Count On It – Casino gambling looks like a done deal

April 7, 2010
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House Speaker Robert DeLeo’s expanded gambling bill was released to the public and voted on a day later by a House committee that reported it to the floor of the House for further action.

That action is expected next week and if all goes according to the script, the expanded gambling bill will be passed and sent over to the senate for a full airing.

It is difficult to know the exact mind of the state senate except to predict that it will make and or take some exceptions to the House bill as it fashions a final document of its own which it will pass and send on to the governor for his signature.

DeLeo’s bill was a tour de force for the speaker from Winthrop and formerly of East Boston.

It was widely accepted as well thought out and well designed, touching virtually all the important bases and leaving no stone unturned when it comes to expanding gambling in Massachusetts and making provision for the public trust to be insured and for the general public around the casino and throughout the state to be provided for adequately.

The bottom line provides for two casinos to be licensed and for the state’s four tracks to be allowed to run slot machine operations.

For the right to gain a casino license, $200 million will be required as a licensing fee up front, cash money, given to the state and then distributed back under the guidance and direction of the DeLeo bill.

If two casino licenses are given out, the state will gain $400 million.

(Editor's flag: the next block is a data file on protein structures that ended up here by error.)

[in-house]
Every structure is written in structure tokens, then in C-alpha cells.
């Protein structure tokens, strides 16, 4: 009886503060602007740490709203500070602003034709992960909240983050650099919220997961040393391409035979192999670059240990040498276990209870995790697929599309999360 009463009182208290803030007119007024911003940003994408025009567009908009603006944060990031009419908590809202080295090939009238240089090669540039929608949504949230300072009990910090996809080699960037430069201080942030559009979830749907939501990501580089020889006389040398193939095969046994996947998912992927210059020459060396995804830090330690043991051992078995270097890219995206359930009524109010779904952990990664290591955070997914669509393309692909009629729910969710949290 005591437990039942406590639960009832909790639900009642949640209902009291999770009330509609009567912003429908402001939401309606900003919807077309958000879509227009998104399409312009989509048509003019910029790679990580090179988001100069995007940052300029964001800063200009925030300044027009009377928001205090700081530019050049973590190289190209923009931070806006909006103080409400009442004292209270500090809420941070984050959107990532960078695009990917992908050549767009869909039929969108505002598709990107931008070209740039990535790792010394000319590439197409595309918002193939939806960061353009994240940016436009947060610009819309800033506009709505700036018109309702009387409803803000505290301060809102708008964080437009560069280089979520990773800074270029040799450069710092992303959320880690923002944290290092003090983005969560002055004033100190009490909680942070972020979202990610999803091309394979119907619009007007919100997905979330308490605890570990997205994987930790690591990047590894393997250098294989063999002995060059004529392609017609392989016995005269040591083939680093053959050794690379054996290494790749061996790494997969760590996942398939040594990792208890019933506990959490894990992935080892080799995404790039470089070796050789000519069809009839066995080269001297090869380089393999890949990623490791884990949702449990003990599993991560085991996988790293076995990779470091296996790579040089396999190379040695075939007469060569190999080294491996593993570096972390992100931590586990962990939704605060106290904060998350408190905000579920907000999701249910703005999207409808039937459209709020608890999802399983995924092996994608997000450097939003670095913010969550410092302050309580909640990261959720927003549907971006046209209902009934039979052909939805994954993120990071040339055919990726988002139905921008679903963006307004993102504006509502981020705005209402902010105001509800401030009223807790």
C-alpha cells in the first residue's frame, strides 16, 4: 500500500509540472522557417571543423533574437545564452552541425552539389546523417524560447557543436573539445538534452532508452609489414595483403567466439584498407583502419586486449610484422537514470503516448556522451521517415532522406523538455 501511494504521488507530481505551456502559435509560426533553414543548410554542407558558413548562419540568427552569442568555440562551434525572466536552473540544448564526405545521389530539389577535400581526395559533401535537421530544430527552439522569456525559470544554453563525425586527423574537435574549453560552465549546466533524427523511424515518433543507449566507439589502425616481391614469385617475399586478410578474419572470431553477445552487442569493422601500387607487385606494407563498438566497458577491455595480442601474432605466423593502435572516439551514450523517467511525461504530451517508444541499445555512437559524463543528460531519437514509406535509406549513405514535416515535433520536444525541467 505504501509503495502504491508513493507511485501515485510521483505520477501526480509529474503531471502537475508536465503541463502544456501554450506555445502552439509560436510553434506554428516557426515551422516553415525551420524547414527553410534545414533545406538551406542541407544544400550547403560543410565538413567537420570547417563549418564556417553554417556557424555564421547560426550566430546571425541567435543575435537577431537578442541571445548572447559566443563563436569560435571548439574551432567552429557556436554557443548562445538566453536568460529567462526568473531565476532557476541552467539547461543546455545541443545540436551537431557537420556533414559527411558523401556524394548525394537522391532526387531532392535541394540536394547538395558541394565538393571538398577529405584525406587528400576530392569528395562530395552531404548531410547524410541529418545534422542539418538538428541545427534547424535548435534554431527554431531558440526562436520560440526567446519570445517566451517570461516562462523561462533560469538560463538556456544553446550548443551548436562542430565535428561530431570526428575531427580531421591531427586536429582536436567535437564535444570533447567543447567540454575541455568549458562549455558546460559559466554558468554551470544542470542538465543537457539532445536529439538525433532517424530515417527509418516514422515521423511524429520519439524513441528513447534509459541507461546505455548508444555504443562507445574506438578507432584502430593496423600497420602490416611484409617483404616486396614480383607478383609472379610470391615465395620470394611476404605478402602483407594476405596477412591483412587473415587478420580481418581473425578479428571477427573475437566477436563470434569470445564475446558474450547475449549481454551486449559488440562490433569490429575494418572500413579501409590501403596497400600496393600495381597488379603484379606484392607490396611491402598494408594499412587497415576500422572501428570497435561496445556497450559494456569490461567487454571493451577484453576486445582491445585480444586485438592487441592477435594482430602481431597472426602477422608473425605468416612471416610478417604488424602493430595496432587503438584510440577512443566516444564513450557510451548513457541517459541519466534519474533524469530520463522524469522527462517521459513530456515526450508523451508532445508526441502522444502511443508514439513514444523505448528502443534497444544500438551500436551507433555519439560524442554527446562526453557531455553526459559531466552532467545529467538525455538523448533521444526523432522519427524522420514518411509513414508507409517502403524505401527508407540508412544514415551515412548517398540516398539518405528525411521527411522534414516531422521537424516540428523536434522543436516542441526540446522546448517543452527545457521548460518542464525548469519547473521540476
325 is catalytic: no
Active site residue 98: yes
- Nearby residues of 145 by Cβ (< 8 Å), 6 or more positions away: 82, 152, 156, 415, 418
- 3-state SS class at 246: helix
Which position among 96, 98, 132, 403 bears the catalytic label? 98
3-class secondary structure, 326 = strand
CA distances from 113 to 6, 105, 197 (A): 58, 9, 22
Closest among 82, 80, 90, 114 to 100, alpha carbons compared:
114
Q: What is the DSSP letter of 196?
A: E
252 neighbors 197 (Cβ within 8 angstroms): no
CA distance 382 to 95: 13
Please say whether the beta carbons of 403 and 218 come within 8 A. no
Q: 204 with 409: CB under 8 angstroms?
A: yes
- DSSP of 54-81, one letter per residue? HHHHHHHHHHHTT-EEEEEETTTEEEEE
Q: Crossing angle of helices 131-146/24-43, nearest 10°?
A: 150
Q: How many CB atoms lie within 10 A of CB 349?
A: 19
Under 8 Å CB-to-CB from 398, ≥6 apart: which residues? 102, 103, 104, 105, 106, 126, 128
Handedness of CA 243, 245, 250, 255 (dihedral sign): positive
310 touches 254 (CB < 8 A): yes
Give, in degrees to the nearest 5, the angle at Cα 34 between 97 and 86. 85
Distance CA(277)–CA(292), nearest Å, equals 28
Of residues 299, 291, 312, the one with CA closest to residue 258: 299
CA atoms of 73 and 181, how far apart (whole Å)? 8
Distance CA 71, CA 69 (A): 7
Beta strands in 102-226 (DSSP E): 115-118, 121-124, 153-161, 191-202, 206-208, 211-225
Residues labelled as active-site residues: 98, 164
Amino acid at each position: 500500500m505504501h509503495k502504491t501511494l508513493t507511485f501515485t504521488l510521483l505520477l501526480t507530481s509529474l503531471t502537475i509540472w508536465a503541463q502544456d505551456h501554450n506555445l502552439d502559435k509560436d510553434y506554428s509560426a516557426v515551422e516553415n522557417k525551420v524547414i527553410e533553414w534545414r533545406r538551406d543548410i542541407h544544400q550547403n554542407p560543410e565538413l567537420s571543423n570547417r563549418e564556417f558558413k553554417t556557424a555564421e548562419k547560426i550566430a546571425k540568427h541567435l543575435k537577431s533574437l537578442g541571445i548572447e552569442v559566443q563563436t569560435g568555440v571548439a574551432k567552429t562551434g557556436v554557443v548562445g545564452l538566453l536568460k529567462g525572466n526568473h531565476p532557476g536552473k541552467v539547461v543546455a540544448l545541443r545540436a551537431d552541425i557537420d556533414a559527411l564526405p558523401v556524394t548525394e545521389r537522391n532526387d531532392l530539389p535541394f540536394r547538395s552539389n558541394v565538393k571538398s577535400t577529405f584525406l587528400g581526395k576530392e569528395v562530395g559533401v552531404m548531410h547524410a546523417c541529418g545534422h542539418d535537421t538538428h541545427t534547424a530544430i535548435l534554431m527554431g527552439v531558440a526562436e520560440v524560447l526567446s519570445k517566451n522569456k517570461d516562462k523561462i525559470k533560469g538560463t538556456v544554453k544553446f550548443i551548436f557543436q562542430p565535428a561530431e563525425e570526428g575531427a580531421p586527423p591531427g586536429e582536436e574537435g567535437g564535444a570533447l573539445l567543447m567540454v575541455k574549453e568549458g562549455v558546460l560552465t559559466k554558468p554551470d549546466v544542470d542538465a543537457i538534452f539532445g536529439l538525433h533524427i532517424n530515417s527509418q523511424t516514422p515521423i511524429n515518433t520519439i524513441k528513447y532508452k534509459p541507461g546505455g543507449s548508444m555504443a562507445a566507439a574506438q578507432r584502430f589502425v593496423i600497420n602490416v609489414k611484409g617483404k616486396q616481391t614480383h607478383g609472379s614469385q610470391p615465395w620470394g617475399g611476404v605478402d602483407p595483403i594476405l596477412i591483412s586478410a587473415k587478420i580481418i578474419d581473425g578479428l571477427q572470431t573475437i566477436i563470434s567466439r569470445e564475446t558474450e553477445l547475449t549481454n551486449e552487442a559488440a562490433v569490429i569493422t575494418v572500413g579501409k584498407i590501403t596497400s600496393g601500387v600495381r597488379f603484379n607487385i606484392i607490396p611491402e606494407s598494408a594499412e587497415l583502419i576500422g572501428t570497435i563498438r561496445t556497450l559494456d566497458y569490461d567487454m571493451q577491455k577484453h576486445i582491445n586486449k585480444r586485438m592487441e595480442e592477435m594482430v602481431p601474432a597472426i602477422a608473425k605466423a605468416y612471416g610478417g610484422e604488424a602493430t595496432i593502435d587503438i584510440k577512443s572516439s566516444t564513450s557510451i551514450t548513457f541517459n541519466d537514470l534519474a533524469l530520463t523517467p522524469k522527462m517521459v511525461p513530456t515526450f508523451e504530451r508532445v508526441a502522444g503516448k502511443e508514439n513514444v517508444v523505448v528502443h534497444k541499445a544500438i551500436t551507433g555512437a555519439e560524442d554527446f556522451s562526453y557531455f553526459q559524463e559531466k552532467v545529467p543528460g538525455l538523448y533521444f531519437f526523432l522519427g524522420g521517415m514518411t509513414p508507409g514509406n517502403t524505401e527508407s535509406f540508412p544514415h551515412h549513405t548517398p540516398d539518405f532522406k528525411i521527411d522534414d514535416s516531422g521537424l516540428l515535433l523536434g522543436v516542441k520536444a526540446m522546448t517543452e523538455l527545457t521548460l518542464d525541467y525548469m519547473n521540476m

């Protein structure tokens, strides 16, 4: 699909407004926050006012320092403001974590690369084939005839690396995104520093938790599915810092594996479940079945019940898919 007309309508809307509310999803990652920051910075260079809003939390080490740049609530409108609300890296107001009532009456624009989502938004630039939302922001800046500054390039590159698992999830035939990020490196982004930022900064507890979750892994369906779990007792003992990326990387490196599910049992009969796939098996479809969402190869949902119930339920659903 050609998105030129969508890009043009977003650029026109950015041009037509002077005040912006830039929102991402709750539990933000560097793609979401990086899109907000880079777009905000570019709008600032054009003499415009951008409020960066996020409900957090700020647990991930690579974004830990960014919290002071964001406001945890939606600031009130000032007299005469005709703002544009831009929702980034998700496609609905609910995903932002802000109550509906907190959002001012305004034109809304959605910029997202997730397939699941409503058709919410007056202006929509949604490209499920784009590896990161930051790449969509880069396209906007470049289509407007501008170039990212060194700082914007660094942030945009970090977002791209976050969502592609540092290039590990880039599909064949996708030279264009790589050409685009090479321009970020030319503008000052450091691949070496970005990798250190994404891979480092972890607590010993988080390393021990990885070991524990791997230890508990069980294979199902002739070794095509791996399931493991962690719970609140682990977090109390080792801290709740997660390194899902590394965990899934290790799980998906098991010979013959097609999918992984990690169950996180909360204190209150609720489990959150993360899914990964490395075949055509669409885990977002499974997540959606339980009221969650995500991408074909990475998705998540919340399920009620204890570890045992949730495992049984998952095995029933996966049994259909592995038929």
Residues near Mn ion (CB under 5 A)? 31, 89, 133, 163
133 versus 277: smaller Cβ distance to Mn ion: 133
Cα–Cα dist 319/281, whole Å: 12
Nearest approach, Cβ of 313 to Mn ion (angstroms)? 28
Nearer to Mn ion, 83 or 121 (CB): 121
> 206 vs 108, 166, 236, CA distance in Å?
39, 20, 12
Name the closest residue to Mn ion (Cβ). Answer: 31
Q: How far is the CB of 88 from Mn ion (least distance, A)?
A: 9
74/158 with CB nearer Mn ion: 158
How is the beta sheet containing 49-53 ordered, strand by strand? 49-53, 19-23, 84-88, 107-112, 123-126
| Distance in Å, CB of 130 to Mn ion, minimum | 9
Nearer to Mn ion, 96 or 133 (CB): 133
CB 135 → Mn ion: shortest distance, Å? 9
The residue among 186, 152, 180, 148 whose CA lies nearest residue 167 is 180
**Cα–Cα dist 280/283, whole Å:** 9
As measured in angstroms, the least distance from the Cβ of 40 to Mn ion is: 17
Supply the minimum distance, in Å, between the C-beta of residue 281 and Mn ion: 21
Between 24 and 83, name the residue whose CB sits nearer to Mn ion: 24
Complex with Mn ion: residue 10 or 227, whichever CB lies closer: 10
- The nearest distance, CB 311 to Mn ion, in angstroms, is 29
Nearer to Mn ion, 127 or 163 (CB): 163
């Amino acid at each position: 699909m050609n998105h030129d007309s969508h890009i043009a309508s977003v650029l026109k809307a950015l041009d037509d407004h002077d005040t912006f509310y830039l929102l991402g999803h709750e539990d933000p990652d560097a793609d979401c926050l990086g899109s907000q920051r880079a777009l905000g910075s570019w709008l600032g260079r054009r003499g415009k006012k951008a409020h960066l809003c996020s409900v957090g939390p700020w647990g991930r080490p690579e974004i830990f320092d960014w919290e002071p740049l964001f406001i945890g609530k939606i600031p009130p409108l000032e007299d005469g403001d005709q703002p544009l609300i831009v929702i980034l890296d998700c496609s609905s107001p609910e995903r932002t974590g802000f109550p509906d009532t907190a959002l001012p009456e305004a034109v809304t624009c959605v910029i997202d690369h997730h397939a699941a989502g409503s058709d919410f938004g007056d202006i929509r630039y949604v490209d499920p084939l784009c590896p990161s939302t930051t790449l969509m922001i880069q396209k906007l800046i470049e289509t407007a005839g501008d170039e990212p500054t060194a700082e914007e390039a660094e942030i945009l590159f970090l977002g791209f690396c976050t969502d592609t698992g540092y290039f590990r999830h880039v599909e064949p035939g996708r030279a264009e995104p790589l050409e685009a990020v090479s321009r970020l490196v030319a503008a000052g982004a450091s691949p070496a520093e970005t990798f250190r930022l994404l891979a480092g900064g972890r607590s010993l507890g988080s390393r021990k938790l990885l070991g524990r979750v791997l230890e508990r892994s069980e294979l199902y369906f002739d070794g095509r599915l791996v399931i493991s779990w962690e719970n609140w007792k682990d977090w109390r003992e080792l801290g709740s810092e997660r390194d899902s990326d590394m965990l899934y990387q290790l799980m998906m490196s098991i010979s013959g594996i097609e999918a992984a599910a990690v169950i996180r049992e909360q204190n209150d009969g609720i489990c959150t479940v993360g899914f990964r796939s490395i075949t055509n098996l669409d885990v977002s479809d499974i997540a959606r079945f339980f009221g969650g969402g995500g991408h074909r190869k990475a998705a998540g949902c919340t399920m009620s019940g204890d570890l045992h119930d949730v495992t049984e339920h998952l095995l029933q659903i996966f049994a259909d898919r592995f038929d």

If the four tracks take the slots, they need to ante up $75 million each – or another $300 million to the state treasury.

There is some question about whether or not all four tracks are interested in acquiring slot machines or even that all four tracks could afford to pay the licensing fee.

It is also believed that Suffolk Downs is much more interested in gaining a casino license than a slot machine license.

Add to this the belief that the senate is not as inclined to allow slot machines as the House and that this might be the defining difference between the House version of the bill and the certain to be changed Senate version when all is said and done.

Speaker DeLeo has done the right thing with this House bill.

He has acted with savvy and professionalism and he shows that he understands the economic impact of what it is the bill is seeking to do.

East Boston is protected by this bill – and it is likely will gain even more as the senate goes about its work.

Casino gambling has taken a giant step toward become a reality.

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